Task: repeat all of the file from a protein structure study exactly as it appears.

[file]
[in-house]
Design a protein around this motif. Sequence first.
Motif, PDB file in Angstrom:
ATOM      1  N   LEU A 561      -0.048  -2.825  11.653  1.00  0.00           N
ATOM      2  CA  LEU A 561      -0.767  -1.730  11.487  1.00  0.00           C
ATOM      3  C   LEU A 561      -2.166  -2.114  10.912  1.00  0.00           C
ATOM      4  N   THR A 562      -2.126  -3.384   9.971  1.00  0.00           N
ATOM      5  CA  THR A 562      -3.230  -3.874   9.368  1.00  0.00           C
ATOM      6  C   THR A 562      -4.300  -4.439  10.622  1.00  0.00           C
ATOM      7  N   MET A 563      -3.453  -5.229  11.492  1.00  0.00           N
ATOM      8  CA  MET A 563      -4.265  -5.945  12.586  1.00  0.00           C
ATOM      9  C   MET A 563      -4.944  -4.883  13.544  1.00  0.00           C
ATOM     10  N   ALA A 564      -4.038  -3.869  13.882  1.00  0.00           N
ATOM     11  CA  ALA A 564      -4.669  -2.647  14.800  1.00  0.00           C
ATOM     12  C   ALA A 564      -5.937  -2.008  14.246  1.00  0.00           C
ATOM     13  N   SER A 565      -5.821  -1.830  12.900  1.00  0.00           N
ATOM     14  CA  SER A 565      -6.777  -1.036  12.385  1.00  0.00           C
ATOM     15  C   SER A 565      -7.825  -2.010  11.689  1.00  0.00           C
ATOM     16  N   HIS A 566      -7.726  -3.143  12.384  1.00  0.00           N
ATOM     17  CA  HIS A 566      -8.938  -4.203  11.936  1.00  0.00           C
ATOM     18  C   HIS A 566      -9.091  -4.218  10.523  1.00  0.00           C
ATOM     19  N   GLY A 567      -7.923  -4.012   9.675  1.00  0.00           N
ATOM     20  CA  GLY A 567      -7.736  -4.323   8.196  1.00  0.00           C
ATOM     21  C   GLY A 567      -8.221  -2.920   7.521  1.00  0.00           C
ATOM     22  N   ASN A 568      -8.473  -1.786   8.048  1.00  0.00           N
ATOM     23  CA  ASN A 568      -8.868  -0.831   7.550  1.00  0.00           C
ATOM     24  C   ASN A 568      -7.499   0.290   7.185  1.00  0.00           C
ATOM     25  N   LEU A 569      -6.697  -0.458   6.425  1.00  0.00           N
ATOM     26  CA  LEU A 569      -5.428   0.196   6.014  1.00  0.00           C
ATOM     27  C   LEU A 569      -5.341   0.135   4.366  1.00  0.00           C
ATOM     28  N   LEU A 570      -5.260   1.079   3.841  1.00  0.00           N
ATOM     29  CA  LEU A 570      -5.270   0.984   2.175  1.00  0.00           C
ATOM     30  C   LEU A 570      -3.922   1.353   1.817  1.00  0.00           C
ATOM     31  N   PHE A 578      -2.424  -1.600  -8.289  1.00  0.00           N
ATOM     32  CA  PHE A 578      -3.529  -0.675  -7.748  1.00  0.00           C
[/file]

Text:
[in-house]
Design a protein around this motif. Sequence first.
Motif, PDB file in Angstrom:
ATOM      1  N   LEU A 561      -0.048  -2.825  11.653  1.00  0.00           N
ATOM      2  CA  LEU A 561      -0.767  -1.730  11.487  1.00  0.00           C
ATOM      3  C   LEU A 561      -2.166  -2.114  10.912  1.00  0.00           C
ATOM      4  N   THR A 562      -2.126  -3.384   9.971  1.00  0.00           N
ATOM      5  CA  THR A 562      -3.230  -3.874   9.368  1.00  0.00           C
ATOM      6  C   THR A 562      -4.300  -4.439  10.622  1.00  0.00           C
ATOM      7  N   MET A 563      -3.453  -5.229  11.492  1.00  0.00           N
ATOM      8  CA  MET A 563      -4.265  -5.945  12.586  1.00  0.00           C
ATOM      9  C   MET A 563      -4.944  -4.883  13.544  1.00  0.00           C
ATOM     10  N   ALA A 564      -4.038  -3.869  13.882  1.00  0.00           N
ATOM     11  CA  ALA A 564      -4.669  -2.647  14.800  1.00  0.00           C
ATOM     12  C   ALA A 564      -5.937  -2.008  14.246  1.00  0.00           C
ATOM     13  N   SER A 565      -5.821  -1.830  12.900  1.00  0.00           N
ATOM     14  CA  SER A 565      -6.777  -1.036  12.385  1.00  0.00           C
ATOM     15  C   SER A 565      -7.825  -2.010  11.689  1.00  0.00           C
ATOM     16  N   HIS A 566      -7.726  -3.143  12.384  1.00  0.00           N
ATOM     17  CA  HIS A 566      -8.938  -4.203  11.936  1.00  0.00           C
ATOM     18  C   HIS A 566      -9.091  -4.218  10.523  1.00  0.00           C
ATOM     19  N   GLY A 567      -7.923  -4.012   9.675  1.00  0.00           N
ATOM     20  CA  GLY A 567      -7.736  -4.323   8.196  1.00  0.00           C
ATOM     21  C   GLY A 567      -8.221  -2.920   7.521  1.00  0.00           C
ATOM     22  N   ASN A 568      -8.473  -1.786   8.048  1.00  0.00           N
ATOM     23  CA  ASN A 568      -8.868  -0.831   7.550  1.00  0.00           C
ATOM     24  C   ASN A 568      -7.499   0.290   7.185  1.00  0.00           C
ATOM     25  N   LEU A 569      -6.697  -0.458   6.425  1.00  0.00           N
ATOM     26  CA  LEU A 569      -5.428   0.196   6.014  1.00  0.00           C
ATOM     27  C   LEU A 569      -5.341   0.135   4.366  1.00  0.00           C
ATOM     28  N   LEU A 570      -5.260   1.079   3.841  1.00  0.00           N
ATOM     29  CA  LEU A 570      -5.270   0.984   2.175  1.00  0.00           C
ATOM     30  C   LEU A 570      -3.922   1.353   1.817  1.00  0.00           C
ATOM     31  N   PHE A 578      -2.424  -1.600  -8.289  1.00  0.00           N
ATOM     32  CA  PHE A 578      -3.529  -0.675  -7.748  1.00  0.00           C